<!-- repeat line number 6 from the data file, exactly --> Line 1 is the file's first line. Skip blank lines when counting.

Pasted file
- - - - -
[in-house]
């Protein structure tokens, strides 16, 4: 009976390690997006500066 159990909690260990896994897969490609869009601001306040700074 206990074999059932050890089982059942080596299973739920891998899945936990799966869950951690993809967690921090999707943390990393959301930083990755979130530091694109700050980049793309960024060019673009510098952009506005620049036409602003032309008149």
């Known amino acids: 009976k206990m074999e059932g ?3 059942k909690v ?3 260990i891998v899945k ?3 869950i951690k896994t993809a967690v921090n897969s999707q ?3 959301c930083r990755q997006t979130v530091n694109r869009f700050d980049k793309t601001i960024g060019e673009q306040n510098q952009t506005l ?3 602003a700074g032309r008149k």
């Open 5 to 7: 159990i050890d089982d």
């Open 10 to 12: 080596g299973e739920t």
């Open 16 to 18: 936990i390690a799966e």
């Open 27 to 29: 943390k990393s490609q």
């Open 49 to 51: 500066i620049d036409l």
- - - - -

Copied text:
């Open 16 to 18: 936990i390690a799966e």